According to a recent Insurance Industry Charitable Foundation survey of over 800 female members of the insurance industry, just one quarter of respondents (26 percent) feel that the insurance industry is more embracing of women in leadership positions as compared to other business and professional services industries.
When asked to look into the financial services sector specifically, respondents viewed accounting and banking as the industries most supportive for the advancement of women, with 42 and 29 percent of the vote respectively (insurance received 23 percent of the vote). That being said, more than two-thirds of the women surveyed (68 percent) felt their companies actively promote gender diversity.
The survey was conducted at the recent Women in Insurance Conference Series by host, the Insurance Industry Charitable Foundation (IICF). The Conference Series was comprised of four regional events in June in Chicago, Los Angeles, New York City and Dallas.
“Though we as an industry have made significant strides in creating a positive and equal work environment, there is still more we can do,” said Joe Tocco, chief executive North America P&C for XL Group. “Collectively, the industry has been successful in continuing an important dialogue about gender diversity and the tangible, real-world benefits it provides for companies and their employees. These conferences have created a forum for both women and men to discuss issues they see in their everyday lives and work together to find solutions for themselves and the next generation of insurance professionals.”
Key Finding: Challenges for Advancement
Survey results point to two primary factors as the biggest barriers for women seeking leadership positions: perceived lack of desire for senior roles to be filled by women and biases in the advancement/hiring structure within organizations.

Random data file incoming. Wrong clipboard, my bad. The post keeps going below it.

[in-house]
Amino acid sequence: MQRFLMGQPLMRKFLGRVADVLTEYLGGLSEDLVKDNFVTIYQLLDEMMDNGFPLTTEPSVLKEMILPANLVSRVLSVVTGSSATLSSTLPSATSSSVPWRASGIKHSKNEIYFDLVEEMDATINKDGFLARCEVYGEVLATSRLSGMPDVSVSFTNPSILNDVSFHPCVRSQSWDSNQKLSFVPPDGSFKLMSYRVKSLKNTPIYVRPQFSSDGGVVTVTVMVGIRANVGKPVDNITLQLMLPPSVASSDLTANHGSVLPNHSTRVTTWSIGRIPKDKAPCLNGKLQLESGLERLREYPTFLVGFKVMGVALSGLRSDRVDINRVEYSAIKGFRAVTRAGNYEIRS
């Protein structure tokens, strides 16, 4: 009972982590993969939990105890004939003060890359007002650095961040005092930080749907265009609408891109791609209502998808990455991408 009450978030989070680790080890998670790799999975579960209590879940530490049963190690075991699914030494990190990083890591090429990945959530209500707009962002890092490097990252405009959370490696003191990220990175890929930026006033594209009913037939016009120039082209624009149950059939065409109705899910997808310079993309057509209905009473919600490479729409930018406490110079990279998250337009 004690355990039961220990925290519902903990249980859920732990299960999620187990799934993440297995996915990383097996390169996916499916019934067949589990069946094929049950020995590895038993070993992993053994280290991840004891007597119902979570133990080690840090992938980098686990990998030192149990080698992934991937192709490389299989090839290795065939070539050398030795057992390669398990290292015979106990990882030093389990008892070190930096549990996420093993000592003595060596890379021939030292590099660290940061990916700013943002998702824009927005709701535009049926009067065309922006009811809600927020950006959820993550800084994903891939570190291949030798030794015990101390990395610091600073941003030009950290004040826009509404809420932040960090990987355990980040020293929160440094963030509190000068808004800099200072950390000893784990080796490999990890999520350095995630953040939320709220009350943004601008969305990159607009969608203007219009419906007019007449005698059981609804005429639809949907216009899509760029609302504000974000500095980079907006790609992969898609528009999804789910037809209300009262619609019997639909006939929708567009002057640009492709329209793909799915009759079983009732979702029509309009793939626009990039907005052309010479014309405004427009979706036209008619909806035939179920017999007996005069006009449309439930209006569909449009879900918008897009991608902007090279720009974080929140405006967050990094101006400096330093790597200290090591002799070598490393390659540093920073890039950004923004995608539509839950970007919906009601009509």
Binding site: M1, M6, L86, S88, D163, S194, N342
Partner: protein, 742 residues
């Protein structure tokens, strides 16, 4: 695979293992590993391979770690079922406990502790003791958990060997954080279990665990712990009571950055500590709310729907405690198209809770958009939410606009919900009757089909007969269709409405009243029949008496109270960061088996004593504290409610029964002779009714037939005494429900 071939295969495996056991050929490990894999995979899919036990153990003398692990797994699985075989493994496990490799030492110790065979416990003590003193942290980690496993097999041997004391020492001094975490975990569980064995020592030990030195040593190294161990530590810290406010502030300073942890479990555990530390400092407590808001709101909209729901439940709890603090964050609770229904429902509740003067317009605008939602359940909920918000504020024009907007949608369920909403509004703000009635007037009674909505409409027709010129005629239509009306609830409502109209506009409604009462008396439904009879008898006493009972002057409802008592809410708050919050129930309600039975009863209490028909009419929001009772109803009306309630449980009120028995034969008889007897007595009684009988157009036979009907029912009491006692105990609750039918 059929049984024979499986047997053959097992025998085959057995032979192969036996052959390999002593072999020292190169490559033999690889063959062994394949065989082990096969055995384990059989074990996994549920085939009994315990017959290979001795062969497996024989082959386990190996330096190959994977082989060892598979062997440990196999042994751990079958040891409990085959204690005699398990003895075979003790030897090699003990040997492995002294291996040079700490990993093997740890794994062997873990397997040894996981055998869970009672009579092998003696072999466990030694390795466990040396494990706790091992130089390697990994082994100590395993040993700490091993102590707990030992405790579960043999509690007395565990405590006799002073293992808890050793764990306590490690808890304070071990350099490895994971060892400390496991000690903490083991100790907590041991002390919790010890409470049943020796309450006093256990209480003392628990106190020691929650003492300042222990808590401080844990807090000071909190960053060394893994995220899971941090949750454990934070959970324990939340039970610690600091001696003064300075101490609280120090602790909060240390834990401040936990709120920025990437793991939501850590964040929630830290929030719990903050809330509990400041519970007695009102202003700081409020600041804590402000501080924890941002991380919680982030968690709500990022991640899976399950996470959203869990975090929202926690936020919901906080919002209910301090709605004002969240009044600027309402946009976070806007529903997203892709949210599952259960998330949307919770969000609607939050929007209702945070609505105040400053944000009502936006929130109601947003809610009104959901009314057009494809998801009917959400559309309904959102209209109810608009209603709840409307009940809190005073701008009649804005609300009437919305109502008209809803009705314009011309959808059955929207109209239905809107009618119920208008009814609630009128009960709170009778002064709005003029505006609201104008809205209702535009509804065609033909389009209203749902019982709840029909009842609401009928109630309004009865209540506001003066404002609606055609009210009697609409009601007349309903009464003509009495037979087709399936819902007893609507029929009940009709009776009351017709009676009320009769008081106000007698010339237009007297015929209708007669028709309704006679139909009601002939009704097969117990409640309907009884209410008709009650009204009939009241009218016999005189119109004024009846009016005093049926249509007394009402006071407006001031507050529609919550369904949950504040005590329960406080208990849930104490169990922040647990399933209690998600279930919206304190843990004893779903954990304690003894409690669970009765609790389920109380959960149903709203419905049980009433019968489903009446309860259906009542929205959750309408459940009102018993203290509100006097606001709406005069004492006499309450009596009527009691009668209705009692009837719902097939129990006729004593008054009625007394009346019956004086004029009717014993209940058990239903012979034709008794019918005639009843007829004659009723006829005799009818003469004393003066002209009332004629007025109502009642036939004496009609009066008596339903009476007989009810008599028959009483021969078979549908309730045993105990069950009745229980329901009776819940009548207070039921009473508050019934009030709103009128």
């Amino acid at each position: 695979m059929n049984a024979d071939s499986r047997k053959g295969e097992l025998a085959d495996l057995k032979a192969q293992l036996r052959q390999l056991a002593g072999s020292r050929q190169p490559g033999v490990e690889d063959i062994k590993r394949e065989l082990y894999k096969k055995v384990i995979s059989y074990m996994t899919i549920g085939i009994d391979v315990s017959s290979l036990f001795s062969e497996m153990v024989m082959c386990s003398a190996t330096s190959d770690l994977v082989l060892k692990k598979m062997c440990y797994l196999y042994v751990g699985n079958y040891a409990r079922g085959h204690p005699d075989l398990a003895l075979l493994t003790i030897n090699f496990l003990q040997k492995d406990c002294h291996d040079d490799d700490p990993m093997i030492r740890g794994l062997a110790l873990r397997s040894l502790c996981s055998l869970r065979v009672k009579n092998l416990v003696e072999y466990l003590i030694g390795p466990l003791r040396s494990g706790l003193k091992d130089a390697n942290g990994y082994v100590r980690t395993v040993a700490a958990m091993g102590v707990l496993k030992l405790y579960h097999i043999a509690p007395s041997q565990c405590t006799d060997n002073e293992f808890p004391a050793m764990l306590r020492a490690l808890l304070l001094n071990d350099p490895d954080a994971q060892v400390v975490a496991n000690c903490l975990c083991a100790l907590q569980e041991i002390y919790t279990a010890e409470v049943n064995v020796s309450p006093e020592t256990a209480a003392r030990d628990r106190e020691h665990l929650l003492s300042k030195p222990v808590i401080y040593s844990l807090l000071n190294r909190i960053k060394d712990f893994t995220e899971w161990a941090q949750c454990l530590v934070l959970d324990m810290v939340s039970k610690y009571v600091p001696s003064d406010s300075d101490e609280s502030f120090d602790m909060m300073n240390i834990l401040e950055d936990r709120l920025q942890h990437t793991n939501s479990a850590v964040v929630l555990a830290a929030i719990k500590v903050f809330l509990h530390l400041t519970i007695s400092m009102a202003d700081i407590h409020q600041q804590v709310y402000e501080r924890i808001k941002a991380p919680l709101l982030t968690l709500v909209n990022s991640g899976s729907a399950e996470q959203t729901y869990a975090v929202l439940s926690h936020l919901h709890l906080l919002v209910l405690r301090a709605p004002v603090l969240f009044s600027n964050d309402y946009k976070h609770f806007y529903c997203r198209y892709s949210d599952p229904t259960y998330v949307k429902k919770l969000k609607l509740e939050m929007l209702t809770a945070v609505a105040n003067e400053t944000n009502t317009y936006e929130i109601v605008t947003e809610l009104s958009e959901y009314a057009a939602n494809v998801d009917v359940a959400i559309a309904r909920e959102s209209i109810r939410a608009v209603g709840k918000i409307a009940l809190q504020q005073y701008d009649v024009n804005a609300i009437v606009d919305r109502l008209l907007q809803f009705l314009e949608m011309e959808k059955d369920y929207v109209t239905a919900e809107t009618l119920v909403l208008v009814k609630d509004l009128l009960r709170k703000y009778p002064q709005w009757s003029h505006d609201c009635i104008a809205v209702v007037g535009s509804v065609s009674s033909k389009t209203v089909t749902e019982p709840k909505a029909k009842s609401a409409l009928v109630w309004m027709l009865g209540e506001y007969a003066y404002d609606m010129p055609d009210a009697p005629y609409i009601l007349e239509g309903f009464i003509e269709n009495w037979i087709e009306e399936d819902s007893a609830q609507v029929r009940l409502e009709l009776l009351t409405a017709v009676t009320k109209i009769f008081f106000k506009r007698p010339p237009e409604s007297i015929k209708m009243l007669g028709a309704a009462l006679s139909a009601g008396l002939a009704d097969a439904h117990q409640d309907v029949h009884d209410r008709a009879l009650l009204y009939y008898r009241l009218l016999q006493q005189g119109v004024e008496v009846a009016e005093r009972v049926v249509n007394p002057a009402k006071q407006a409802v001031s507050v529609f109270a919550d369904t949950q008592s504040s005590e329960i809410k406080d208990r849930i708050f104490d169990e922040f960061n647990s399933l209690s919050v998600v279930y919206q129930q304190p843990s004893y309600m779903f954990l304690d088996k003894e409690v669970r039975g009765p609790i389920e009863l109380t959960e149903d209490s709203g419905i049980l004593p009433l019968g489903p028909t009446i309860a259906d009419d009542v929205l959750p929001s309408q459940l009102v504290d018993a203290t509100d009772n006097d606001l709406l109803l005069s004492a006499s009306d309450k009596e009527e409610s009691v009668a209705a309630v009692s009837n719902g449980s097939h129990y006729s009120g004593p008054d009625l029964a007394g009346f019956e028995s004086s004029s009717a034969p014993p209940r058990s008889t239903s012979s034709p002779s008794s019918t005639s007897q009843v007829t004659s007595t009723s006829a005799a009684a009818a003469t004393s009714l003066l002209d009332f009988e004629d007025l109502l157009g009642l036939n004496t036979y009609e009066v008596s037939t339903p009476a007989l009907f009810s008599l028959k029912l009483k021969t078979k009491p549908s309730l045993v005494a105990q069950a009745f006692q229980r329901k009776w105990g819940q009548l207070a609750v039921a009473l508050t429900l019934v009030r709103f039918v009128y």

At the same time, respondents acknowledged that the key challenges to advancing to senior roles are varied. For example, 35 percent cited limited availability of opportunities to move up the corporate ladder, but another 32 percent stated women’s own shortcomings in properly promoting themselves as the major deterrent to career advancement.
Key Finding: Promoting Gender Diversity
Survey-takers were asked to identify one primary action their companies could take to better support the development of women in the workplace. Sixty-four percent cited as their top choice the need for businesses to more efficiently identify high potential female employees and offer leadership training opportunities.
“The pathway to success for companies looking to create a successful and truly gender-diverse culture is paved by clear direction from executive level leadership,” said Kerian Bunch, EVP and general counsel, U.S. Operations, Aspen Insurance. “As demonstrated by the Women in Insurance Conference Series, there is a clear and significant interest within our field to promote leadership diversity at a company and industry level.”
Source: Insurance Industry Charitable Foundation
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